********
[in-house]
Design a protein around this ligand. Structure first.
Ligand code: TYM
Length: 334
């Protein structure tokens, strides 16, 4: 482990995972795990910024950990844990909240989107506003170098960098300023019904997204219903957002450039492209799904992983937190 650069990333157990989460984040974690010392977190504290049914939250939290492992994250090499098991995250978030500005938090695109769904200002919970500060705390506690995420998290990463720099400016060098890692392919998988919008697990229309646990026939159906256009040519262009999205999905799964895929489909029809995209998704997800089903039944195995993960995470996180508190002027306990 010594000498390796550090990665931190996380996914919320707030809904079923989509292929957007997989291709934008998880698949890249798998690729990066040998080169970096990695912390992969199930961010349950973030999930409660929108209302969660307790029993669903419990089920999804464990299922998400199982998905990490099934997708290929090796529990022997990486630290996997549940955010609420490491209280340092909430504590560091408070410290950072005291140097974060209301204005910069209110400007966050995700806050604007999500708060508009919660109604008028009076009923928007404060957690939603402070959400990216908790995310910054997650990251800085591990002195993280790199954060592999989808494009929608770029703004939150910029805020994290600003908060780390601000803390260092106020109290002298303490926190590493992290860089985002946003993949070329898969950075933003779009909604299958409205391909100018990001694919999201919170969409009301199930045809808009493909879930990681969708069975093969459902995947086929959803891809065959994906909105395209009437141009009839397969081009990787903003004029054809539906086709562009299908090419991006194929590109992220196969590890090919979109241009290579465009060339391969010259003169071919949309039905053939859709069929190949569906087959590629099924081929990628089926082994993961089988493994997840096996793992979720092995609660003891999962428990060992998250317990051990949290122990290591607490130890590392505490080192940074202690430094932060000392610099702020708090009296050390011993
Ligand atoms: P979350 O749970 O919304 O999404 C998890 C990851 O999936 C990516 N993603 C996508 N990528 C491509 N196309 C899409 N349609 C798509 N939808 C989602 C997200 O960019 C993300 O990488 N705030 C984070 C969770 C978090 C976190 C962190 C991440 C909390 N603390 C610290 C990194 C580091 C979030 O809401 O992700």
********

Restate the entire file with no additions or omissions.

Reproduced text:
[in-house]
Design a protein around this ligand. Structure first.
Ligand code: TYM
Length: 334
């Protein structure tokens, strides 16, 4: 482990995972795990910024950990844990909240989107506003170098960098300023019904997204219903957002450039492209799904992983937190 650069990333157990989460984040974690010392977190504290049914939250939290492992994250090499098991995250978030500005938090695109769904200002919970500060705390506690995420998290990463720099400016060098890692392919998988919008697990229309646990026939159906256009040519262009999205999905799964895929489909029809995209998704997800089903039944195995993960995470996180508190002027306990 010594000498390796550090990665931190996380996914919320707030809904079923989509292929957007997989291709934008998880698949890249798998690729990066040998080169970096990695912390992969199930961010349950973030999930409660929108209302969660307790029993669903419990089920999804464990299922998400199982998905990490099934997708290929090796529990022997990486630290996997549940955010609420490491209280340092909430504590560091408070410290950072005291140097974060209301204005910069209110400007966050995700806050604007999500708060508009919660109604008028009076009923928007404060957690939603402070959400990216908790995310910054997650990251800085591990002195993280790199954060592999989808494009929608770029703004939150910029805020994290600003908060780390601000803390260092106020109290002298303490926190590493992290860089985002946003993949070329898969950075933003779009909604299958409205391909100018990001694919999201919170969409009301199930045809808009493909879930990681969708069975093969459902995947086929959803891809065959994906909105395209009437141009009839397969081009990787903003004029054809539906086709562009299908090419991006194929590109992220196969590890090919979109241009290579465009060339391969010259003169071919949309039905053939859709069929190949569906087959590629099924081929990628089926082994993961089988493994997840096996793992979720092995609660003891999962428990060992998250317990051990949290122990290591607490130890590392505490080192940074202690430094932060000392610099702020708090009296050390011993
Ligand atoms: P979350 O749970 O919304 O999404 C998890 C990851 O999936 C990516 N993603 C996508 N990528 C491509 N196309 C899409 N349609 C798509 N939808 C989602 C997200 O960019 C993300 O990488 N705030 C984070 C969770 C978090 C976190 C962190 C991440 C909390 N603390 C610290 C990194 C580091 C979030 O809401 O992700």